The U.S. Environmental Protection Agency (EPA) published the Cross-State Air Pollution Rule “Update” for the 2008 national ambient air quality standards for ozone – the so-called CSAPR Update Rule – on October 26, 2016.  81 Fed. Reg. 74504.  The CSAPR Update Rule regulates emissions of nitrogen oxides (NOx) from power plants located in 22 states in the eastern half of the country by establishing statewide ozone-season NOx emission budgets scheduled to take effect beginning May 1, 2017.  (Under the Clean Air Act, the regulatory “ozone season” runs from May 1 through September 30 each year.)

The CSAPR Update Rule will largely replace the ozone-season NOx program established under the Cross-State Air Pollution Rule (CSAPR), which EPA published in 2011 and which took effect in 2015 following extensive litigation in the U.S. Court of Appeals for the D.C. Circuit and the Supreme Court.  CSAPR and the CSAPR Update Rule are intended to address interstate transport of emissions under section 110(a)(2)(D)(i) of the Clean Air Act, which is sometimes called the “Good Neighbor Provision.”  That provision requires that each state’s plan for attaining national ambient air quality standards (NAAQS) “contain adequate provisions . . . prohibiting . . . any source or other type of emissions activity within the State from emitting any air pollutant in amounts which will . . . contribute significantly to nonattainment in, or interfere with maintenance by, any other State with respect to any [NAAQS].”

The 60-day period for filing petitions for judicial review of the CSAPR Update Rule closed on December 27.  By that date, a total of 16 petitions had been filed in the D.C. Circuit.  The first was filed jointly by five states – Wisconsin, Alabama, Arkansas, Ohio, and Wyoming – on November 23.  The court has consolidated all the other petitions for review under that first case.  The State of Texas and the State of Delaware’s Department of Natural Resources and Environmental Control each filed a petition for review.  One municipality – the City of Ames, Iowa – also petitioned for review.  In addition, several industry parties filed petitions for review.  Those petitioners include the Utility Air Regulatory Group (which Hunton & Williams LLP represents in the litigation), the Midwest Ozone Group, and Murray Energy Corporation, among others.  Environmental advocacy groups Sierra Club and Appalachian Mountain Club also have petitioned for review of the rule.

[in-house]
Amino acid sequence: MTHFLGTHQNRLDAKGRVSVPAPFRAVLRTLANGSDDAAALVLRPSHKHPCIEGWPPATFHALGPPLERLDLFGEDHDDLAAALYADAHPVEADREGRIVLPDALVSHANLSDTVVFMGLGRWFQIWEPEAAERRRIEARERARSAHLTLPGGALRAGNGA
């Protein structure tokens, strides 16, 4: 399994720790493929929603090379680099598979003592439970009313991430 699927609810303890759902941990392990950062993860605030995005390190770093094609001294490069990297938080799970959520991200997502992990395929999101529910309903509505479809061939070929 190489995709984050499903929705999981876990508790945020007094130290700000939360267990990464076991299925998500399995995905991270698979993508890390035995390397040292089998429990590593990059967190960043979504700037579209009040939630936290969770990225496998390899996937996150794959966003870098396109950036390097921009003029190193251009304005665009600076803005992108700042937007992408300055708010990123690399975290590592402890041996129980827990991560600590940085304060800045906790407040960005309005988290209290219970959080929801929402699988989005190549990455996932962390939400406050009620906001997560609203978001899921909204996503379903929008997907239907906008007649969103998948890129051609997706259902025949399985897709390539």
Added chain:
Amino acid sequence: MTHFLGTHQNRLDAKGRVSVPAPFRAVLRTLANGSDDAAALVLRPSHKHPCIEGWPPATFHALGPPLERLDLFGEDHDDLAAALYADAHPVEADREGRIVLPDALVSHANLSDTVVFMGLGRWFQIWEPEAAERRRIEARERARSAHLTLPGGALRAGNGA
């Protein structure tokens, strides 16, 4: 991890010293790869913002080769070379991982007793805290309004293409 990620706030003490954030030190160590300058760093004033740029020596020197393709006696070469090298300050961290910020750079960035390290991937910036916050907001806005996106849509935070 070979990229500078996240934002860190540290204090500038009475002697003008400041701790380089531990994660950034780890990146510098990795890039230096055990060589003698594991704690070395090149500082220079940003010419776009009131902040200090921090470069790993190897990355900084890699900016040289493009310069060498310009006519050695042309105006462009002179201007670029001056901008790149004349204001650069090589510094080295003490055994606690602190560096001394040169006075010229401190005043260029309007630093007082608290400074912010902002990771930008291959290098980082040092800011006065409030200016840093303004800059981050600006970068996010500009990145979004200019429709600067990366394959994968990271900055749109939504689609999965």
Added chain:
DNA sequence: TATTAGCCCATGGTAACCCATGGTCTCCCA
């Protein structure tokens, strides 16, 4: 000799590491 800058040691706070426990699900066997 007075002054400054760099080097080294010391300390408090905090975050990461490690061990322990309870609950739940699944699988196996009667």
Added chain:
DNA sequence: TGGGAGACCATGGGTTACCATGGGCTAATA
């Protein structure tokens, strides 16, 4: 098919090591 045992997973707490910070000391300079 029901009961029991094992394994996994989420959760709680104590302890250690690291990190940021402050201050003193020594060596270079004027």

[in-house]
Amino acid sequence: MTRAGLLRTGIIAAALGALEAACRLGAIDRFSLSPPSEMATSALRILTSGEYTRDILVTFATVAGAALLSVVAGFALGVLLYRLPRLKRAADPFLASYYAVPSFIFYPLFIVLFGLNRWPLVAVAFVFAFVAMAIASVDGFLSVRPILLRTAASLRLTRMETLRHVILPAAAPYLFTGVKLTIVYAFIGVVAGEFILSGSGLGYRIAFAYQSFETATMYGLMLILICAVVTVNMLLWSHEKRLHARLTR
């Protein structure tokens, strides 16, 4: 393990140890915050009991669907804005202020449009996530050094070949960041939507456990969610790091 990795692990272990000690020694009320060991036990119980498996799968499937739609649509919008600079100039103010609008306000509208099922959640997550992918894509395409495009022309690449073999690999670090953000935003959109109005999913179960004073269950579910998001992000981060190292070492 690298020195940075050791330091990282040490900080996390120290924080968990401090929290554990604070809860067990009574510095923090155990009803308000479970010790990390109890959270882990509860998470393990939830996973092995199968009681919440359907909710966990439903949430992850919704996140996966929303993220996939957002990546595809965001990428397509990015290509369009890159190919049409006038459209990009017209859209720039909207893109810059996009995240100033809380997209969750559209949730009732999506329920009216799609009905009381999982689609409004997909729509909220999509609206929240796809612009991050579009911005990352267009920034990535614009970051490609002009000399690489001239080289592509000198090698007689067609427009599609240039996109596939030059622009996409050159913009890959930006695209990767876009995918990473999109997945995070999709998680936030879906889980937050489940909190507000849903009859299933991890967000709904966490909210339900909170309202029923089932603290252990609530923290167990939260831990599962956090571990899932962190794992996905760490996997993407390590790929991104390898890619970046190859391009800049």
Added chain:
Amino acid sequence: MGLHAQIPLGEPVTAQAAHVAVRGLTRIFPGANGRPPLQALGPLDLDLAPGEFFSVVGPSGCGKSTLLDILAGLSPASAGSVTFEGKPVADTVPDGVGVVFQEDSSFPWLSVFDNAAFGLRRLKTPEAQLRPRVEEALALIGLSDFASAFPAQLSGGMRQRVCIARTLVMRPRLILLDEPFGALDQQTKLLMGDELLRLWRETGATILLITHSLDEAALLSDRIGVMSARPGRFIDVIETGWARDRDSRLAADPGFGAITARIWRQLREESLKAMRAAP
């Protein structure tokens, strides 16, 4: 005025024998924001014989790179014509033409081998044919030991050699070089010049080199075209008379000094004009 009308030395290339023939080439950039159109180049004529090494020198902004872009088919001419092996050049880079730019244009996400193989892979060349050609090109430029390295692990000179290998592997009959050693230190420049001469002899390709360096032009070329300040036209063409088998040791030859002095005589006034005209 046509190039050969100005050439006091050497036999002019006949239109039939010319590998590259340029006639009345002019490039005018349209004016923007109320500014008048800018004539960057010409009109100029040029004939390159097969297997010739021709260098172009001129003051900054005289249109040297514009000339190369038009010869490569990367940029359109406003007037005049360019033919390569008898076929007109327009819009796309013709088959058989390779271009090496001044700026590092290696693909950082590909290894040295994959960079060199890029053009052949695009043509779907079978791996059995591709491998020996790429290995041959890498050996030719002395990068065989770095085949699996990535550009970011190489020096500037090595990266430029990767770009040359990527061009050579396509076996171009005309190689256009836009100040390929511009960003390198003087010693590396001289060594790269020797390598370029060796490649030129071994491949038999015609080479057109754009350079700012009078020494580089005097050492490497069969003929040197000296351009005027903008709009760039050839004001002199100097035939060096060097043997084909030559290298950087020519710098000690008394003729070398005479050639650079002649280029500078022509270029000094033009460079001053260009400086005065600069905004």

The nonbinding statement of issues that the five states in the lead case filed with the court in late December indicates that, in this litigation, those states plan to challenge certain aspects of EPA’s air-quality modeling for the CSAPR Update Rule.  That filing also suggests that the states intend to argue, for example, that EPA failed to account properly for effects of emissions from outside the United States, including from sources in Canada and Mexico.  Texas and industry petitioners may also challenge various aspects of EPA’s methodology and policy decisions reflected in the rule.  Based on positions Delaware has taken in the past, that state is expected to argue that the rule is not stringent enough.  And the Sierra Club and Appalachian Mountain Club can be expected to join Delaware in that position.

The D.C. Circuit has not yet set a briefing schedule in this litigation, but briefing in that court normally begins a few months after petitions for review are filed.